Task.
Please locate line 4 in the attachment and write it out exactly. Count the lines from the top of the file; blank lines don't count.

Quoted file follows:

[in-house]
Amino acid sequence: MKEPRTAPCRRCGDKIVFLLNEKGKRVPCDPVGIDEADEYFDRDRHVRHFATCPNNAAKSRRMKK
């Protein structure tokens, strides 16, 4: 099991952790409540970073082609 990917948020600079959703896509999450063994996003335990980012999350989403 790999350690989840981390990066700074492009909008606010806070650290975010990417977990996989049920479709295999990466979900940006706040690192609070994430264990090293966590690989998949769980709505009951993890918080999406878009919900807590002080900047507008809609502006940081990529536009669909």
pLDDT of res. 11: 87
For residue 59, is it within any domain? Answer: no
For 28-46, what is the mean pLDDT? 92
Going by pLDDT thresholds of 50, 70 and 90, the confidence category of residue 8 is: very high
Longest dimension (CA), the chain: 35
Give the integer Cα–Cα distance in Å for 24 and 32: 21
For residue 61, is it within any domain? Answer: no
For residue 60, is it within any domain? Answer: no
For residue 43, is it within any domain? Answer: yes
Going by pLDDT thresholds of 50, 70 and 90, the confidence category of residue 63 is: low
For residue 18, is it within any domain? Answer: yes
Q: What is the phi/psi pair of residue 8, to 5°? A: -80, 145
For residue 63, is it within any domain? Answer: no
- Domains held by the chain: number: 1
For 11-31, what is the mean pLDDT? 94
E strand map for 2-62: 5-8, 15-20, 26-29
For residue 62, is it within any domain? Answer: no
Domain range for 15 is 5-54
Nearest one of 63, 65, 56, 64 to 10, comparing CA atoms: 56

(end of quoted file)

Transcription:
pLDDT of res. 11: 87